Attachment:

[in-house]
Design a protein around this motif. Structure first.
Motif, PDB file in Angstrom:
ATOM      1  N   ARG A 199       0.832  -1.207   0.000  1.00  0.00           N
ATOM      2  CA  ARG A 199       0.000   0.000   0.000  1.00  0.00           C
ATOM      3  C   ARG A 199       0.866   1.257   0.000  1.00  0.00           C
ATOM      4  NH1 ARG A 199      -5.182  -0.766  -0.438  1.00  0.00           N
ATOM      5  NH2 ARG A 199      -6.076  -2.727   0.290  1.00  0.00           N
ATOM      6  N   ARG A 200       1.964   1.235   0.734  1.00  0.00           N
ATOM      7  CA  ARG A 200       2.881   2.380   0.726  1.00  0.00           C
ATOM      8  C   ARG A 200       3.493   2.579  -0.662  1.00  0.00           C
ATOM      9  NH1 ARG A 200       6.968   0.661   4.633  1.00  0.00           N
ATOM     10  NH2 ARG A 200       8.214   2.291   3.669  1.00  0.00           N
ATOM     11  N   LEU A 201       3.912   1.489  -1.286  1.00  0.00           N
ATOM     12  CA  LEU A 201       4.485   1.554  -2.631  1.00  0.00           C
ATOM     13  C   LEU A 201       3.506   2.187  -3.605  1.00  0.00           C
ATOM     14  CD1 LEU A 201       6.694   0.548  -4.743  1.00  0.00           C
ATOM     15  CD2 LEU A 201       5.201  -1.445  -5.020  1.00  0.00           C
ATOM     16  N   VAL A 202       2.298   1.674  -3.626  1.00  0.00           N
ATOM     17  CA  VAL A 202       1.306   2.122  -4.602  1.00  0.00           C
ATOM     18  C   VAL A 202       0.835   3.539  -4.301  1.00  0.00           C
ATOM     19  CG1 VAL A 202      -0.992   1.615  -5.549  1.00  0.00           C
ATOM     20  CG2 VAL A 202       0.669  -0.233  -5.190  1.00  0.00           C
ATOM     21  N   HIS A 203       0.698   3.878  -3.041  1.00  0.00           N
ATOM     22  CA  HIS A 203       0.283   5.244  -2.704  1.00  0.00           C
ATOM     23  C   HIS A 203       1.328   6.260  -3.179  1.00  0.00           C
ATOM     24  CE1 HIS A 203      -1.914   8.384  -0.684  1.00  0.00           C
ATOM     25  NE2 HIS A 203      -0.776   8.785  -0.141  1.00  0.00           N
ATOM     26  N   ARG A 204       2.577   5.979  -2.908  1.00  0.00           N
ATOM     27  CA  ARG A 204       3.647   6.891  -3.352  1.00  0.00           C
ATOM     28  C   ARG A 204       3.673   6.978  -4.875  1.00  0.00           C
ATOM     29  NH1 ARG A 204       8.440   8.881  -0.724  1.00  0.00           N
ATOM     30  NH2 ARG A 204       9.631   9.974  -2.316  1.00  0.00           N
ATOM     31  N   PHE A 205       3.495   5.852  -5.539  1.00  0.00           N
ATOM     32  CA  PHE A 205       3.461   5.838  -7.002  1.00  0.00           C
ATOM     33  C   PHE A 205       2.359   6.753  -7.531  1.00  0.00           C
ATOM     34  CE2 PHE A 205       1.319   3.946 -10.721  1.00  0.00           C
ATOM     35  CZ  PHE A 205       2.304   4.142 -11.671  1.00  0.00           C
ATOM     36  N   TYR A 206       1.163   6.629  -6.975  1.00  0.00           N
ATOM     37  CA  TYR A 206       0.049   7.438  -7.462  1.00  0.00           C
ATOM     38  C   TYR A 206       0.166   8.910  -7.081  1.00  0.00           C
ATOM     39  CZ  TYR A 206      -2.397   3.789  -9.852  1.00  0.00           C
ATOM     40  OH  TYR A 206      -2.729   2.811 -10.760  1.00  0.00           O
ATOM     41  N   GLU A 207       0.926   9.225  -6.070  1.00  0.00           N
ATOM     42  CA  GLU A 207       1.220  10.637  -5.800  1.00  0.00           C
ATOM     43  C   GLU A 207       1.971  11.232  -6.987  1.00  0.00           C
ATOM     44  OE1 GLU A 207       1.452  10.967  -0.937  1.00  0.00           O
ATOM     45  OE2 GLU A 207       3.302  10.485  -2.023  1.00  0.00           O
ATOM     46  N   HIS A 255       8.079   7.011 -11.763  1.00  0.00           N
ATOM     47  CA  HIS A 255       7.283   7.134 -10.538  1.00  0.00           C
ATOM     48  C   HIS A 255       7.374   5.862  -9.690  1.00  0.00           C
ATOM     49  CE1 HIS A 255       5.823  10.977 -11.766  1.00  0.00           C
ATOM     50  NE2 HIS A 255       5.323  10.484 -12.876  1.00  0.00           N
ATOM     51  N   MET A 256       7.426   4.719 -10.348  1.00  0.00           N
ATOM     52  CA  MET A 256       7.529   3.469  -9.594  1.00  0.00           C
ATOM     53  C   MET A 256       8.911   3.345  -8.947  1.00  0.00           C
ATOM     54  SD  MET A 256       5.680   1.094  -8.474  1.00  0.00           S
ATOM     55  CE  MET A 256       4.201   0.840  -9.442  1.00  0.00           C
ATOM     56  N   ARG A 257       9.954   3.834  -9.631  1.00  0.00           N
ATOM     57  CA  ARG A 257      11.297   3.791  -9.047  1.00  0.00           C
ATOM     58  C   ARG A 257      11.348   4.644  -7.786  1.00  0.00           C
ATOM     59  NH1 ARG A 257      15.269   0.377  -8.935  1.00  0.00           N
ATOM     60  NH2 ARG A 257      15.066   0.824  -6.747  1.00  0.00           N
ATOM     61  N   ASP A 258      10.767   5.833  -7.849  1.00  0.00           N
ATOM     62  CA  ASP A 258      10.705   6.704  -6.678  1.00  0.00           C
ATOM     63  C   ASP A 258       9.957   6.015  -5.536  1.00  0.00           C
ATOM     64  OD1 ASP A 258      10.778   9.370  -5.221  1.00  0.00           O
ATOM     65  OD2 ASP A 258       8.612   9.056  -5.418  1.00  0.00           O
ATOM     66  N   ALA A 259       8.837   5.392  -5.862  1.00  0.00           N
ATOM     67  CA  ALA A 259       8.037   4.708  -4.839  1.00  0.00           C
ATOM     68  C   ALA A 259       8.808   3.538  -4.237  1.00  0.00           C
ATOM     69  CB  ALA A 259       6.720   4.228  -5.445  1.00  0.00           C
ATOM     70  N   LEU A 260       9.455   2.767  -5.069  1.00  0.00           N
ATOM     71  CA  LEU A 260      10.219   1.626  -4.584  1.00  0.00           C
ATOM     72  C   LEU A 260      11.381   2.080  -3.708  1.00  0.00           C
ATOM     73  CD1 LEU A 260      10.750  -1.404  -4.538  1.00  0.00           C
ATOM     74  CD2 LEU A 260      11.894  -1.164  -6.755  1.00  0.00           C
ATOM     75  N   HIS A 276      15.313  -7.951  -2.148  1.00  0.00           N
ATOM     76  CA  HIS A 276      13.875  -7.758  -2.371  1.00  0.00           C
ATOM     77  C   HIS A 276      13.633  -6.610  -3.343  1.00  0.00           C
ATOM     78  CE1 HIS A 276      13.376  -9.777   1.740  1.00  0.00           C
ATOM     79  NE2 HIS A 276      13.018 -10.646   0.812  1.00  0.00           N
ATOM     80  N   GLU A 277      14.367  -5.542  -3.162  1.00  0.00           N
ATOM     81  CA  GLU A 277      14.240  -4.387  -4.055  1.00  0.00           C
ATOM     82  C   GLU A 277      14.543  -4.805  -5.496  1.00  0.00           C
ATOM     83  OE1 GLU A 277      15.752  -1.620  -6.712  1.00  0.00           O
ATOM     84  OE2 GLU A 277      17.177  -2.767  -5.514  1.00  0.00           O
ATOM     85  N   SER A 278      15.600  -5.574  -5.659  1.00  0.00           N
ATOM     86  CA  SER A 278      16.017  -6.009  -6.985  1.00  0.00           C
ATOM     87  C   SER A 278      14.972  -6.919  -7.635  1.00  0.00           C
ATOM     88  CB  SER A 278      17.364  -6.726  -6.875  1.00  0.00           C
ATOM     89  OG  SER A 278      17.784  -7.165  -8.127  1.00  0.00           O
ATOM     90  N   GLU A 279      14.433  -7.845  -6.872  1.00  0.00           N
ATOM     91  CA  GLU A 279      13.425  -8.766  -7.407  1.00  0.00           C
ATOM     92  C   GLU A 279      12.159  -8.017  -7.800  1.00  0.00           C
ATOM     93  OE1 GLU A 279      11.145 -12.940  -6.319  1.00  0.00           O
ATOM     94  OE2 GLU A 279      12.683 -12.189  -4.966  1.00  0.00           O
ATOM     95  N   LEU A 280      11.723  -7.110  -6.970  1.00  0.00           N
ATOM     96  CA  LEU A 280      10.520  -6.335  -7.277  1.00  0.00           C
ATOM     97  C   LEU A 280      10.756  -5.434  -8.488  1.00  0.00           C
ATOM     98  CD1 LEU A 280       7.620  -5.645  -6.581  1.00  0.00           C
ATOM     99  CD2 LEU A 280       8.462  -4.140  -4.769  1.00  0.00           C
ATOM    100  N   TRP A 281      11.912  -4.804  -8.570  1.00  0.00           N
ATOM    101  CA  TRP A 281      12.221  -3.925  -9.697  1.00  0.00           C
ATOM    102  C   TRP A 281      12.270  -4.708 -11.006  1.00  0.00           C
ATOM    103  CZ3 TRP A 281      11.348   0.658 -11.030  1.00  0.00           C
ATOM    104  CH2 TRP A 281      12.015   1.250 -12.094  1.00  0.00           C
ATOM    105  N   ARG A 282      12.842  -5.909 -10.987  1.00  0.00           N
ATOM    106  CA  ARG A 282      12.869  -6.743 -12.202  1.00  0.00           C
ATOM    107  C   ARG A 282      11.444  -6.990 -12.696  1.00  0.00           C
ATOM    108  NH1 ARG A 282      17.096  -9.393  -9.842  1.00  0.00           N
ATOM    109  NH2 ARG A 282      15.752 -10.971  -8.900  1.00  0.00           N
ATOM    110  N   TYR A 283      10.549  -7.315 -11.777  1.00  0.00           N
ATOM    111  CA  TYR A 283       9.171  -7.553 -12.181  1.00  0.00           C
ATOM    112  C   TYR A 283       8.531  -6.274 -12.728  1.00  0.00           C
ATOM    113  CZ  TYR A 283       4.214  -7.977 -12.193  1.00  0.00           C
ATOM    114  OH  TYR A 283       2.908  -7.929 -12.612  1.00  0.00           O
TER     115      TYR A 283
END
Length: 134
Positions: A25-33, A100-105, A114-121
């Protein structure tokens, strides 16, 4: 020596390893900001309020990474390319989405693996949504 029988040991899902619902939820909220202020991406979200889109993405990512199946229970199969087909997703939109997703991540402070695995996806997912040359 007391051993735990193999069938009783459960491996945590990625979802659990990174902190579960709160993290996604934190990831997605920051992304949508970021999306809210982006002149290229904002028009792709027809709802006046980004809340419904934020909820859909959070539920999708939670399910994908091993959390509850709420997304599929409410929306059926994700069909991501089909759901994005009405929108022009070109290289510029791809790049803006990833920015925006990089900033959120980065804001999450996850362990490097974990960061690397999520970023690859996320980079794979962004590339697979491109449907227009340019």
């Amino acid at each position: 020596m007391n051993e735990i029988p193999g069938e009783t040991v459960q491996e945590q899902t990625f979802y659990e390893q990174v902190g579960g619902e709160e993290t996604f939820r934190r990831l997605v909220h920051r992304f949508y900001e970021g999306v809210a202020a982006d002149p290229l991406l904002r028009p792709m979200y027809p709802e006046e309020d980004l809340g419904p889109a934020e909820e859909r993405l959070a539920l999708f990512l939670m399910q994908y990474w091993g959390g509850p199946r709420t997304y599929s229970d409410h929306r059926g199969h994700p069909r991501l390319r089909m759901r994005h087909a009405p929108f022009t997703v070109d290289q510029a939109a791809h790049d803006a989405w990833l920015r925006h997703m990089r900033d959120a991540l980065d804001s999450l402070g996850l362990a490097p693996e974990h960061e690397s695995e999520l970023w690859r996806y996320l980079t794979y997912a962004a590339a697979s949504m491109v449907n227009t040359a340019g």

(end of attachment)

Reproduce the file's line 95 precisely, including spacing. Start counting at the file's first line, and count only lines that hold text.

ATOM     92  C   GLU A 279      12.159  -8.017  -7.800  1.00  0.00           C